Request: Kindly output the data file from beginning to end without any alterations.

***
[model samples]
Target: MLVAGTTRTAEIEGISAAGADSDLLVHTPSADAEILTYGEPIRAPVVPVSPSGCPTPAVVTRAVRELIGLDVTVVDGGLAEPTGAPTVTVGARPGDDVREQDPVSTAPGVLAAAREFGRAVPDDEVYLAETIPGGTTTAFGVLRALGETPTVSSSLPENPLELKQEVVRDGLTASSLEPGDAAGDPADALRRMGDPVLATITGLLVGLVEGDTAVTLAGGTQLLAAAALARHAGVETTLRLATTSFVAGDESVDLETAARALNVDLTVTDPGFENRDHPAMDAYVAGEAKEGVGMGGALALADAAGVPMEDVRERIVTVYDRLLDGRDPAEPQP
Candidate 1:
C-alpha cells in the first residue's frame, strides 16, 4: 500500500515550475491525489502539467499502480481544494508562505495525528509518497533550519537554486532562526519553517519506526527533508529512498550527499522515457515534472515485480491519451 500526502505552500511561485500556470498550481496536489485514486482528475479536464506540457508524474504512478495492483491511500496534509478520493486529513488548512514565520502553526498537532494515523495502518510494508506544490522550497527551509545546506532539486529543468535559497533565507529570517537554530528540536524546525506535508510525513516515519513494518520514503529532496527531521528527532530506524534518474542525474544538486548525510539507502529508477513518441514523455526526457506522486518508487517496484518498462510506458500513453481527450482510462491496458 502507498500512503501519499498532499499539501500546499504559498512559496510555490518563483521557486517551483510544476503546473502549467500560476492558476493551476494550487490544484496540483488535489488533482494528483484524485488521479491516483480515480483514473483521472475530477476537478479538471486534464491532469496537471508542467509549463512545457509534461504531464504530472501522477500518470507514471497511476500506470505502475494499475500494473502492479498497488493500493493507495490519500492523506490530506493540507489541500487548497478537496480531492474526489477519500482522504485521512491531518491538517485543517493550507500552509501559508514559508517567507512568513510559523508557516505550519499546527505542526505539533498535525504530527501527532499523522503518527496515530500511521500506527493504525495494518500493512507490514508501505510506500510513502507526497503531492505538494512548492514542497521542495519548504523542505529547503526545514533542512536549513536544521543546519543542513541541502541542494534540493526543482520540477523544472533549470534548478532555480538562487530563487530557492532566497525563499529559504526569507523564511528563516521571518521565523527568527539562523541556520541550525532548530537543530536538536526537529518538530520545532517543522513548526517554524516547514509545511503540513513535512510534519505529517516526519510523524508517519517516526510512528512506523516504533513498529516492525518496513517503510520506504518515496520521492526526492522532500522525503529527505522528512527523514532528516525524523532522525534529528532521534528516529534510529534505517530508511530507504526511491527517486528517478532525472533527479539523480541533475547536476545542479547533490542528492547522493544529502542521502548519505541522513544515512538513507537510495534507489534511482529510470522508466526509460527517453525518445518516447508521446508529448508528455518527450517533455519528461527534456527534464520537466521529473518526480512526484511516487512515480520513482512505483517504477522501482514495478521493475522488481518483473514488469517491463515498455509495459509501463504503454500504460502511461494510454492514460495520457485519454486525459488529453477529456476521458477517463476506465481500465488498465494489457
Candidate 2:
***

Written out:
[model samples]
Target: MLVAGTTRTAEIEGISAAGADSDLLVHTPSADAEILTYGEPIRAPVVPVSPSGCPTPAVVTRAVRELIGLDVTVVDGGLAEPTGAPTVTVGARPGDDVREQDPVSTAPGVLAAAREFGRAVPDDEVYLAETIPGGTTTAFGVLRALGETPTVSSSLPENPLELKQEVVRDGLTASSLEPGDAAGDPADALRRMGDPVLATITGLLVGLVEGDTAVTLAGGTQLLAAAALARHAGVETTLRLATTSFVAGDESVDLETAARALNVDLTVTDPGFENRDHPAMDAYVAGEAKEGVGMGGALALADAAGVPMEDVRERIVTVYDRLLDGRDPAEPQP
Candidate 1:
C-alpha cells in the first residue's frame, strides 16, 4: 500500500515550475491525489502539467499502480481544494508562505495525528509518497533550519537554486532562526519553517519506526527533508529512498550527499522515457515534472515485480491519451 500526502505552500511561485500556470498550481496536489485514486482528475479536464506540457508524474504512478495492483491511500496534509478520493486529513488548512514565520502553526498537532494515523495502518510494508506544490522550497527551509545546506532539486529543468535559497533565507529570517537554530528540536524546525506535508510525513516515519513494518520514503529532496527531521528527532530506524534518474542525474544538486548525510539507502529508477513518441514523455526526457506522486518508487517496484518498462510506458500513453481527450482510462491496458 502507498500512503501519499498532499499539501500546499504559498512559496510555490518563483521557486517551483510544476503546473502549467500560476492558476493551476494550487490544484496540483488535489488533482494528483484524485488521479491516483480515480483514473483521472475530477476537478479538471486534464491532469496537471508542467509549463512545457509534461504531464504530472501522477500518470507514471497511476500506470505502475494499475500494473502492479498497488493500493493507495490519500492523506490530506493540507489541500487548497478537496480531492474526489477519500482522504485521512491531518491538517485543517493550507500552509501559508514559508517567507512568513510559523508557516505550519499546527505542526505539533498535525504530527501527532499523522503518527496515530500511521500506527493504525495494518500493512507490514508501505510506500510513502507526497503531492505538494512548492514542497521542495519548504523542505529547503526545514533542512536549513536544521543546519543542513541541502541542494534540493526543482520540477523544472533549470534548478532555480538562487530563487530557492532566497525563499529559504526569507523564511528563516521571518521565523527568527539562523541556520541550525532548530537543530536538536526537529518538530520545532517543522513548526517554524516547514509545511503540513513535512510534519505529517516526519510523524508517519517516526510512528512506523516504533513498529516492525518496513517503510520506504518515496520521492526526492522532500522525503529527505522528512527523514532528516525524523532522525534529528532521534528516529534510529534505517530508511530507504526511491527517486528517478532525472533527479539523480541533475547536476545542479547533490542528492547522493544529502542521502548519505541522513544515512538513507537510495534507489534511482529510470522508466526509460527517453525518445518516447508521446508529448508528455518527450517533455519528461527534456527534464520537466521529473518526480512526484511516487512515480520513482512505483517504477522501482514495478521493475522488481518483473514488469517491463515498455509495459509501463504503454500504460502511461494510454492514460495520457485519454486525459488529453477529456476521458477517463476506465481500465488498465494489457
Candidate 2: